September 21, 2010

A victory for Chickens In The Yard.

Fresh eggs, coming soon to a neighborhood near you!
by Nate Rafn
September 21st, 2010

Salem is so close to having chickens, I can almost taste it!

Last night Salem City Council held a public hearing and a vote on Ordinance Bill 19-10, the document that governs the keeping of chickens within Salem city limits. Fourteen Salemites testified in favor of the ordinance, while two spoke in opposition. The crowd at City Hall was substantial, with Chickens In The Yard (CITY) supporters filling most of the seats.

After spirited testimony, the councilors were given a chance to amend the language of the ordinance. The original reading states that anyone in violation of the new ordinance (keeping a rooster, failing to obtain license, etc.) would be charged with a misdemeanor! This outrageous component of the ordinance was swiftly replaced with a lesser violation by City Council. Minor changes were also made to the section about licensing and inspection fees. Councilor Cannon proposed a practical change that would allow chickens to leave the confines of their coop, if kept under the watchful eye of the owner.

Barbara Palermo, of CITY, speaks to City Council.
Lisa Clarke-Burnell, of Neighborhood Harvest, speaks in support of chickens.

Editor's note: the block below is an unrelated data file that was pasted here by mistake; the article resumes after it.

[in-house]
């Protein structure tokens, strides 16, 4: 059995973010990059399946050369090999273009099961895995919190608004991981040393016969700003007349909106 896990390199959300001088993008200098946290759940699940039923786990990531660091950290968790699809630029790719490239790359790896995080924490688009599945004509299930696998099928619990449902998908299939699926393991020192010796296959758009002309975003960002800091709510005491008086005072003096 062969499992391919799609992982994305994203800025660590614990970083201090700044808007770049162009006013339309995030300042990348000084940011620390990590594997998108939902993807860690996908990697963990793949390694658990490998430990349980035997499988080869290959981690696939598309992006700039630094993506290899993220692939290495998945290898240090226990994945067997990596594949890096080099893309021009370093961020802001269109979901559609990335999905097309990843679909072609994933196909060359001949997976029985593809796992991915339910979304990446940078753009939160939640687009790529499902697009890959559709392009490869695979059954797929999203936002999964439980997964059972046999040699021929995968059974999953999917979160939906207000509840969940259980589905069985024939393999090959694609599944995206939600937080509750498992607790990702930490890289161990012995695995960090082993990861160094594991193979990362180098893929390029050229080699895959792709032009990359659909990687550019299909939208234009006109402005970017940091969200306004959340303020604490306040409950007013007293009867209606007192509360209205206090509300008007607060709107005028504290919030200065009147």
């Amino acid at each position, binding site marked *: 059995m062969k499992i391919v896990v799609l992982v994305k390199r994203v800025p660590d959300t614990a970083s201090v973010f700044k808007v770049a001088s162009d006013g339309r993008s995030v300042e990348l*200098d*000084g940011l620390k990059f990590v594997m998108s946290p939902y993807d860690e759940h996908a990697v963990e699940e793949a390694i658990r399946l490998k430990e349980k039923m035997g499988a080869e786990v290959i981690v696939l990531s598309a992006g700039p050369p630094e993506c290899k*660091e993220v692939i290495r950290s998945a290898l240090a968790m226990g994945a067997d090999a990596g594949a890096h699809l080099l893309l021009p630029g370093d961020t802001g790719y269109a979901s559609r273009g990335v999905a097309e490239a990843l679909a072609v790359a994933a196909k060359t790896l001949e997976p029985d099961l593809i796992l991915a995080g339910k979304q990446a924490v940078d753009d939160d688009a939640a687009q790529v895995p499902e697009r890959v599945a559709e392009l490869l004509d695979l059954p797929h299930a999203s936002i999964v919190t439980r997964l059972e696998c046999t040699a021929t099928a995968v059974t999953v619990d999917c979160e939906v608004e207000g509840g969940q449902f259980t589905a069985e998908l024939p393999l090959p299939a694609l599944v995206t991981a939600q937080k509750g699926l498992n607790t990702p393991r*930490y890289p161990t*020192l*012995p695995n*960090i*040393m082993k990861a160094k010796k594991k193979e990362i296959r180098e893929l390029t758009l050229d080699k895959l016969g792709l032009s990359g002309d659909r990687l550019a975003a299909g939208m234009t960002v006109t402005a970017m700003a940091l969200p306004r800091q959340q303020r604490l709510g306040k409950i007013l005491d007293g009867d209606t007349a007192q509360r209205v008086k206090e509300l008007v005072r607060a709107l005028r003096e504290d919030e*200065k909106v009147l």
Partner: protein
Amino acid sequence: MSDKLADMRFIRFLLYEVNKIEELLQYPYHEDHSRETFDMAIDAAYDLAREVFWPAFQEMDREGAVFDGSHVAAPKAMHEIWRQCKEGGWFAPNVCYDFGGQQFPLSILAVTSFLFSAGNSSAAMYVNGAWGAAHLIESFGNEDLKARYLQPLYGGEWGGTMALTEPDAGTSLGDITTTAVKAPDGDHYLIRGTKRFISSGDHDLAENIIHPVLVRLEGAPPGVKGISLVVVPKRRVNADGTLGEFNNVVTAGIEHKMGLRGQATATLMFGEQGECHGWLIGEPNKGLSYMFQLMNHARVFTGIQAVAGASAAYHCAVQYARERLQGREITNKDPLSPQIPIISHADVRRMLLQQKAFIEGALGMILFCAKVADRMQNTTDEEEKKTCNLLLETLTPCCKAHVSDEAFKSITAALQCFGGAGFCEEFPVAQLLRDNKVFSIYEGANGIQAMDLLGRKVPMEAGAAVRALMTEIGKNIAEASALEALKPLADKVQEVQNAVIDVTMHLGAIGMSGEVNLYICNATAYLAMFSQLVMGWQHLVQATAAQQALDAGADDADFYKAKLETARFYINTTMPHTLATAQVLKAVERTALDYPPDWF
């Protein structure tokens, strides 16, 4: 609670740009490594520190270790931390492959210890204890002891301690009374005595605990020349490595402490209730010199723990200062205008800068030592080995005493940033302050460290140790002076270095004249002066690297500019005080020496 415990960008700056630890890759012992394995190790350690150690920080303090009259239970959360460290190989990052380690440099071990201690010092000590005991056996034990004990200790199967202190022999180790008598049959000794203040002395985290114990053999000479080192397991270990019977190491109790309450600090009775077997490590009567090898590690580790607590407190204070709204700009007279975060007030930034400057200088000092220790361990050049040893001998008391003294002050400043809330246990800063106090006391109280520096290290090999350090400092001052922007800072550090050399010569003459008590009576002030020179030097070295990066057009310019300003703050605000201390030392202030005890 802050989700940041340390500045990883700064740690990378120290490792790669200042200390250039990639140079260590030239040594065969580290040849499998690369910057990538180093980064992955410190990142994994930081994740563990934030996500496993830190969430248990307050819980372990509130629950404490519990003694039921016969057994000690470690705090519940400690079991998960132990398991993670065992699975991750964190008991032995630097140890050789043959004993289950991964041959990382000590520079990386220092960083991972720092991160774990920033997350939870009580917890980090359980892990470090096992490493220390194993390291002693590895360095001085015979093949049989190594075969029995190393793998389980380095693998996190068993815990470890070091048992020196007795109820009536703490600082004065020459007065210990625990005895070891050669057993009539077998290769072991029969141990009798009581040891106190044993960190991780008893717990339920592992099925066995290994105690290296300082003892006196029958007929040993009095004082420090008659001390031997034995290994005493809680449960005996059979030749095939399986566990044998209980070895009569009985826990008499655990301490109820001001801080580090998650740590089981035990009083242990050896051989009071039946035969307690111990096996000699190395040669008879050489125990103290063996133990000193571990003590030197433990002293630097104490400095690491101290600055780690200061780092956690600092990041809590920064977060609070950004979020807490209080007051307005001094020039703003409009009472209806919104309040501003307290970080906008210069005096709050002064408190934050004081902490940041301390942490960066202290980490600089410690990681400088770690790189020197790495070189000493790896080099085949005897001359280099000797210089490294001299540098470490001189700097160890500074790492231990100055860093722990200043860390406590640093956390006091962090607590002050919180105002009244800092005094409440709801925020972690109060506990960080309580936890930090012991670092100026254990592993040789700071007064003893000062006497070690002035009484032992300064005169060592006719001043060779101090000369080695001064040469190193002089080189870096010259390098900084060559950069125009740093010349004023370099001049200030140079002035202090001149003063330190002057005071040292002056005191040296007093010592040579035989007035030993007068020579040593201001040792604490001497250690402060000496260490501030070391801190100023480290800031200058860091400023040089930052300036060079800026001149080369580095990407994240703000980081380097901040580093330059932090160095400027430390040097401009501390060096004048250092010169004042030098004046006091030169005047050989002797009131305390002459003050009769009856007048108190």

With amendments in place, the counsel voted.

Yes Votes

Bennet, Ward 1
Tesler, Ward 2
Nanke, Ward 3
Sullivan, Ward 4
Dickey, Ward 5
Clem, Ward 8
Taylor, Mayor

No Votes

Rogers, Ward 6
Cannon, Ward 7

Councilors Rogers (left) and Cannon (right) listen to testimony.
I was surprised by two things. First, Councilor Dan Clem has been one of the most stubborn opponents of this bill. He claims that his constituents in West Salem are overwhelmingly against chickens. But according to Barbara Palermo of CITY, public record shows that Clem has received far more emails in favor of chickens. Clem shocked many people last night when he changed his mind at the last moment. He said, after hearing the testimony that evening, that he was willing to put trust in the residents of Salem and give this bill a chance.

Another odd moment was when Councilor Cannon gave his reasons for voting no. He said that he believes in protecting property rights, and doesn't care whether Salem allows chickens or not. But he voted no because, according to Cannon, the bill was too restrictive and too complicated. I'm not sure what his rational was for this decision. It may be some deep-seated issue of principal. But if we have no ordinance at all, that is far more restrictive than passing an ordinance that has a few rules attached. It didn't make sense to me.

Council Chambers at Salem City Hall.
What Happens Now

As I understand it, the amendments to the ordinance will be added by city staff, and a final reading will occur sometime next month. Council will vote on the final bill at that time.

For more information about Chickens In The Yard, visit their website at

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